The Legislature’s reduction in FY 2017 funding levels for DOR could result in the loss of tens of millions of dollars in revenue—or more—in FY 2017 and beyond. Moreover, if vacated positions are not filled in future years (which will require reversing some or all of the recent cuts), there is a danger that the cuts not only could reduce permanently the Commonwealth’s ability to collect unpaid taxes that are legally owed to the state, but also that such cuts could engender greater levels of tax evasion. If sophisticated, well-financed individual and corporate taxpayers come to view DOR’s audit and collection capacities as permanently degraded, some of these taxpayers could see this as an opportunity to reduce their tax payments through increased levels of tax evasion or other forms of non-compliance.

    Non-Tax Revenue

    The Legislature’s Fiscal Year (FY) 2017 budget relies on many of the same non-tax revenues as the House and Senate proposals did, however, there are some significant new strategies for balancing the budget.

    There are three main types of non-tax revenue that support the state budget: federal revenues, which are mostly reimbursements from the federal government for state spending on the Medicaid (MassHealth) program; departmental revenues, which are fees, assessments, fines, tuition, and similar receipts; and what are known as “transfer” revenues, which include lottery receipts, revenues from the newly-licensed gambling facilities, and funds that the state draws from an assortment of non-budgeted trusts.

    A portion of the state’s tobacco tax revenue is deposited directly into the Commonwealth Care Trust Fund (CCTF) to help pay for health care. As in FY 2016, there is language in the budget that allows up to $110.0 million of this revenue to be transferred into the General Fund to help balance the budget. However, the amount actually transferred in FY 2017 is likely to be closer to $71.8 million.

    There are several non-tax revenue proposals that come from temporary initiatives and help to balance the budget. These include:

    • The Administration plans on selling the Sullivan Court House in East Cambridge in FY 2017; this would bring in approximately $30 million in one-time revenue.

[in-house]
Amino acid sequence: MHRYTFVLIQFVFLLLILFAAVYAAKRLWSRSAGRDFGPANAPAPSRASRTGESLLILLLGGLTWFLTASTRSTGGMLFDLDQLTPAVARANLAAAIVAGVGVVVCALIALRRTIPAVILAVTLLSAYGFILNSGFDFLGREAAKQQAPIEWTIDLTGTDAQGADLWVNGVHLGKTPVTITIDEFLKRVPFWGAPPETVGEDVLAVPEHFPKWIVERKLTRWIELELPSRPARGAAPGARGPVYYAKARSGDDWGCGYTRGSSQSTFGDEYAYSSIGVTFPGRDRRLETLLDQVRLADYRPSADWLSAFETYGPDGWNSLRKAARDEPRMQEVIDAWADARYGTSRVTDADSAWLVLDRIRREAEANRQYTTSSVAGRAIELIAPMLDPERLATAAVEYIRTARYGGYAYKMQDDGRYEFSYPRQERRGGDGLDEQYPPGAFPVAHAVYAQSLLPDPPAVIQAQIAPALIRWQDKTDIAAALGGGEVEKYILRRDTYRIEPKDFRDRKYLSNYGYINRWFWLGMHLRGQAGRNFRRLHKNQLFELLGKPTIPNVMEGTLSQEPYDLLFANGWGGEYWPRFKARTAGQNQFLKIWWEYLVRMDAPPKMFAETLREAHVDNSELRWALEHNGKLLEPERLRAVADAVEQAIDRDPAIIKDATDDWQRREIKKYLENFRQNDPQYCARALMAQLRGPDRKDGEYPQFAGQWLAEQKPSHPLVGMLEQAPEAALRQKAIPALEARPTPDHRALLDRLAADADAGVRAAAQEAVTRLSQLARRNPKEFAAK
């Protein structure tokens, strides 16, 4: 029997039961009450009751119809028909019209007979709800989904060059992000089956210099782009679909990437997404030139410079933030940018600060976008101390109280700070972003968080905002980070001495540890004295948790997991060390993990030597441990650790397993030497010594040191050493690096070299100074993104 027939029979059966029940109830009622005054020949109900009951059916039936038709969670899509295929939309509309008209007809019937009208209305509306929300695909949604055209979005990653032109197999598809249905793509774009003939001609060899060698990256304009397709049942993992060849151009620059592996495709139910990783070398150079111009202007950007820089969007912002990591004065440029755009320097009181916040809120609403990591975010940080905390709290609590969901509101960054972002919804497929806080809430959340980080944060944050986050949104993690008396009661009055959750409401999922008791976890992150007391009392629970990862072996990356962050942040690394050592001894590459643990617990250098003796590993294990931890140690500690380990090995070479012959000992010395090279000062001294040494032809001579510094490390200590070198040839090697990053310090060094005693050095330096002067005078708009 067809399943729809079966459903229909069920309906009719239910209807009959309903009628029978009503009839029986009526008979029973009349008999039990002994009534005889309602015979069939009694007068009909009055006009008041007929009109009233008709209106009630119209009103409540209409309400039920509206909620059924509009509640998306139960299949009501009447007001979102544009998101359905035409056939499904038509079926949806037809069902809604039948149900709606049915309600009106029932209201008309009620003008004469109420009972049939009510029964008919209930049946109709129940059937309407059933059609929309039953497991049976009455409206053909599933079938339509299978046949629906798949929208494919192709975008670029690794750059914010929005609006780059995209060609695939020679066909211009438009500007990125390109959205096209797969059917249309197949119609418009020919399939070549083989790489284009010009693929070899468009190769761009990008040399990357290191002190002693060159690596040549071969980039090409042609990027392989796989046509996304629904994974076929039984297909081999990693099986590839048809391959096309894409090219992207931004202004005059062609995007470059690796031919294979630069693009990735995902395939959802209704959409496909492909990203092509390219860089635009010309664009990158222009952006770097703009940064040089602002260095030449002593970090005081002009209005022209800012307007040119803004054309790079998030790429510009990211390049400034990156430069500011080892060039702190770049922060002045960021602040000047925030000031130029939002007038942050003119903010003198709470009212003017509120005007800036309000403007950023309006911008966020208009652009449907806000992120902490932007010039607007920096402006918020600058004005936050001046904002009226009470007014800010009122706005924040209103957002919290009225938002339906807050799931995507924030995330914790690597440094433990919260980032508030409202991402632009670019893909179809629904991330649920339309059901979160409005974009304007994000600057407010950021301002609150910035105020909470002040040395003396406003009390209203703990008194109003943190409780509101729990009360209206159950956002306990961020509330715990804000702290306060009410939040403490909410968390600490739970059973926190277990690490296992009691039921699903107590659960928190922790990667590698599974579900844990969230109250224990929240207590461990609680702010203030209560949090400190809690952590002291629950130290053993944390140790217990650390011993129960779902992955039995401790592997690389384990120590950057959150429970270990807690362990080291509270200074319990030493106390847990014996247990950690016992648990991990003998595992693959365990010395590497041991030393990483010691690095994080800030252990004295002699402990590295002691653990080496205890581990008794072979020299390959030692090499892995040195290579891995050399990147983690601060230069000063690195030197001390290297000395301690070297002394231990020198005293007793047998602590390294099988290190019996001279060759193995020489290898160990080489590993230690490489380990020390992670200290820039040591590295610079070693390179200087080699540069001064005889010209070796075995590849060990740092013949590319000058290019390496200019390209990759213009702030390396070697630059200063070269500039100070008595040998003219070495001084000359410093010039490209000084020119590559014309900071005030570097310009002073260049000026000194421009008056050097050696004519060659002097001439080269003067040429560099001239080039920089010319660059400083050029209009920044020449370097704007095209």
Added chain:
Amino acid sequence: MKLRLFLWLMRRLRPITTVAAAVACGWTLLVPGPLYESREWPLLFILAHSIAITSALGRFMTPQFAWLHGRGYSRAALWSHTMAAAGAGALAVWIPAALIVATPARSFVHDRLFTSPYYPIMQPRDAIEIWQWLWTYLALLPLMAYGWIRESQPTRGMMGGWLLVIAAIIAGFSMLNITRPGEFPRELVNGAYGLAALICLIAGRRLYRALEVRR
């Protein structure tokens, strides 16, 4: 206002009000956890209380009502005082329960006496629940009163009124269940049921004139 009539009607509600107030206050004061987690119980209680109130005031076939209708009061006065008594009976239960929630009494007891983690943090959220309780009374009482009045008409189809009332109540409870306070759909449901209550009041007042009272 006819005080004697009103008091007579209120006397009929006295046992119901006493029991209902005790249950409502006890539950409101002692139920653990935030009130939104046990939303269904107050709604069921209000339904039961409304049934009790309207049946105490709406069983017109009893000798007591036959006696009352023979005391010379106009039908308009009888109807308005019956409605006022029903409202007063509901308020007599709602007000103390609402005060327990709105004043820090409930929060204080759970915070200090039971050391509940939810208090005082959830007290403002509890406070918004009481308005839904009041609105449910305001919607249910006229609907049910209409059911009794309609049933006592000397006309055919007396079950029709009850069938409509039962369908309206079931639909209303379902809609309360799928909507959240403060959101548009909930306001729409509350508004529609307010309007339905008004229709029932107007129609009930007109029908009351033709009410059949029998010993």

• The budget counts on $73.5 million coming to the General Fund from the health care provider assessments generated in the Delivery System Reform Initiative (see MassHealth and Health Reform section of this Budget Monitor.)
    • The budget transfers $12.7 million remaining in several human services trust funds to the General Fund to help balance the budget. These “trust sweeps” are uses of surplus funds that are available only on a one-time basis.
    • In late June, the Attorney General announced that a major settlement with Volkswagen over emissions fraud would bring in substantial funds to the states. The current estimate for Massachusetts for FY 2017 is $20.0 million, as restitution for the violation of state consumer protection laws.

    Other Budget-Balancing Strategies

    In addition to the tax and non-tax revenues used to support the Legislature’s budget, the conferees also employed a number of other strategies to bring the budget into balance (see “Other Major Budget-Balancing Strategies” in table above). These include underfunding several accounts that typically are provided with supplemental funding during the course of the fiscal year, as well as using funds appropriated for FY 2016 purposes to fund FY 2017 expenses.

    • Relative to current FY 2016 funding levels, The Legislature directs $40.5 million less to the Emergency Assistance program, which provides shelter and assistance to low-income families that are homeless or at risk of becoming homeless. As with the services provided through Private Counsel Compensation account, Massachusetts law requires that any family that meets certain eligibility criteria be provided with emergency assistance support. As such, lawmakers must provide supplemental funding to this account as needed. It is highly likely that such supplemental funding will be required in FY 2017.